I am confused as to how to create and orient new reference planes starting from a base reference plane and not a part surface. For instance if I go to place a "coincident plane by axis" onto an existing reference plane it just drops the plane into the same orientation as the reference plane without allowing me to align the axis. Also, why when I create a coincident plane, won't Solid Edge allow me to use the n,b,t,f, and p keyboard shortcuts to orient the plane, like I can when selecting a part surface. I know there are workarounds, but this is highly annoying.
Yes, You have found an absolute fact.
Using any existing reference plane always will copy it as it is.
Any orientation only will work for faces AND coordinate systems!
My personal preference is to not use planes anymore if possible.
I prefer to use coordinate system.
The offer more flexibility especially in sync.
I work almost entirely in ordered so I don't know if sync can do this or not. I typically used "Angled" plane command to get the orientation I want and then I make a "Parallel" plane to that. Is there a reason why you want to use the "Coincident by Axis" command?
I have a part that I have created that is cylindrical in nature. I now have to emboss some text down the circumference with the text oriented so that the words run down the axis of the part, and it is easier if the plane is properly oriented to begin with. I have text oriented at various angles around the part, so I had to have various planes set up. I did this by creating a sketch like spokes on a wheel, and then using the plane perpendicular to curve command. That command does let me use the shortcut keys to orient the x asis. This really should be implemented for all plane creation methods, whether you are starting from a surface or a plane.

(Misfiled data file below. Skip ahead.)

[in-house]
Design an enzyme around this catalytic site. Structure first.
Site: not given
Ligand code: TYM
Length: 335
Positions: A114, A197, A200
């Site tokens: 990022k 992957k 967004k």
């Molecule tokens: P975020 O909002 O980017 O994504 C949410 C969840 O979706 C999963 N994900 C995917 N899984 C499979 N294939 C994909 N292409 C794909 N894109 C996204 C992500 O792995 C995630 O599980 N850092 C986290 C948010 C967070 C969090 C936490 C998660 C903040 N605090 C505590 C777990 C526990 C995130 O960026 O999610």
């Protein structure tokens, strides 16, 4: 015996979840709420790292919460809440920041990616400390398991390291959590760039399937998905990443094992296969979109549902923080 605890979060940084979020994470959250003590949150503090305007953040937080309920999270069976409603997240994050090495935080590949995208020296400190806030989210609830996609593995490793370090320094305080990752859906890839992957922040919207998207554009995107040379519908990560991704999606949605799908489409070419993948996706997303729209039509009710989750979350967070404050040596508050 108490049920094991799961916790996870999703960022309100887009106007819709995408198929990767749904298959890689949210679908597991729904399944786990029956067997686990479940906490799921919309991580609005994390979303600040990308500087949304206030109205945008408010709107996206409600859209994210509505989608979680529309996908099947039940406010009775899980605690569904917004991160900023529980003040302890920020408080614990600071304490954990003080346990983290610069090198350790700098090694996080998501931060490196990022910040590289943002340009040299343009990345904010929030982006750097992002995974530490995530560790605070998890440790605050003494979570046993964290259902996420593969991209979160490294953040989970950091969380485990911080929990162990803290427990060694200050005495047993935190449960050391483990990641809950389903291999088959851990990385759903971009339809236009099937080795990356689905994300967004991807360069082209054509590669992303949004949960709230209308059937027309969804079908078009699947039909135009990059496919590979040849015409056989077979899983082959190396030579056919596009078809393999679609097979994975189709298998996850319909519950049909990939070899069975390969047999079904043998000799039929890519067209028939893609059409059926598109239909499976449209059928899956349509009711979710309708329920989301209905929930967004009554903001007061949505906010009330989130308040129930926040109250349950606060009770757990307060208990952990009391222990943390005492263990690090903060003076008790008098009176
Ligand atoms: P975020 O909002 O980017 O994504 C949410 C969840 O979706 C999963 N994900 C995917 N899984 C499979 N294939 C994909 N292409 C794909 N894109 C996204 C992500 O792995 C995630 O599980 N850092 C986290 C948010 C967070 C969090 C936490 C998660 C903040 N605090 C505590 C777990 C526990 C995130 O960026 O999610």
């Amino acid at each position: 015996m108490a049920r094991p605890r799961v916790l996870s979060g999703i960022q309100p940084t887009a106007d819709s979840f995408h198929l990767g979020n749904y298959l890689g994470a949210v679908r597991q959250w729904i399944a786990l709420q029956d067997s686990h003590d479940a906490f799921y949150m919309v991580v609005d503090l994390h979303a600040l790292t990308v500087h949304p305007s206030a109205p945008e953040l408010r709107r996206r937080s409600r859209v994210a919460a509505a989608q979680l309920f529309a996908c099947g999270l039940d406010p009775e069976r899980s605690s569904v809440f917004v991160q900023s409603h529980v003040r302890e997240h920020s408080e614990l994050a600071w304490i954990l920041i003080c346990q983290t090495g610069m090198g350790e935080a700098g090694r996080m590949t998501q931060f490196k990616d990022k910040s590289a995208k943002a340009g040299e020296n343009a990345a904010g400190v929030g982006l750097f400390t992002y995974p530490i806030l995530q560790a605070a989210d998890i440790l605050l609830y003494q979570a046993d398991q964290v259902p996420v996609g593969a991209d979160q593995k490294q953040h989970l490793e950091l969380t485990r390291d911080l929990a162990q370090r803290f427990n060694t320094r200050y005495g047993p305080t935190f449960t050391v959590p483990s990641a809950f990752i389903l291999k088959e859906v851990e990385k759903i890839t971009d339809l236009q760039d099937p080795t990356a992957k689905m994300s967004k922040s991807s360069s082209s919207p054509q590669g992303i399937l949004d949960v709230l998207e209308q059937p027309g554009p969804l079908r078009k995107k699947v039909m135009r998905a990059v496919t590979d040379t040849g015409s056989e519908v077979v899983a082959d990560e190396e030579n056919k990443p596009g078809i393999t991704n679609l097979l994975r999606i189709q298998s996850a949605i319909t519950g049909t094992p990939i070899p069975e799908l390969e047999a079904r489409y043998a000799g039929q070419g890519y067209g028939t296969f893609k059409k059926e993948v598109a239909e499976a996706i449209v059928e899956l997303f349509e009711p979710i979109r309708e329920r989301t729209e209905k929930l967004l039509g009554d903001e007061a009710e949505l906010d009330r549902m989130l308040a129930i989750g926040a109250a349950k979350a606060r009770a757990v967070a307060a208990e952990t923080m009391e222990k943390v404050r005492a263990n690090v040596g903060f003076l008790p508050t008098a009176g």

That sounds complicated. I am guessing you need a .par file. I have a method that may give you curved embossed letters. By the way this is a very round about approach.
1) Create a sheet metal part.
2) Put forms on the sheet metal with bends radius that are large enough to make the part a cylinder. (It will have to have a small opening but nearly a cylinder)
3) Unbend the part
4) Use the dimple command to put your text on the part. (I think you will have to use another dimple command for each letter)
5) Rebend the part
6) Save as .stp
7) Open the file as a .par
8) close the gap so that the part is a cylinder.
It really pretty easy. You just have to create planes outside the part. Then place your text in a sketch on those planes. Then use the project curve command to create a curve that maps down onto the part surface. Then you can use the extrude normal command and select the projected curves to make good letter extrusions.
I agree the it would be nice to be able to use n,b,t,f,p in all plane creation methods. I get this question every class.
I couldn'd resist mentioning that ordered features can be created on syncronous planes and sync planes can be manipulated easily.
Also, I am sure you know this but you can just create a line in the sketch at the angle you want before you create your text profile. The text profile will attach to the angled line.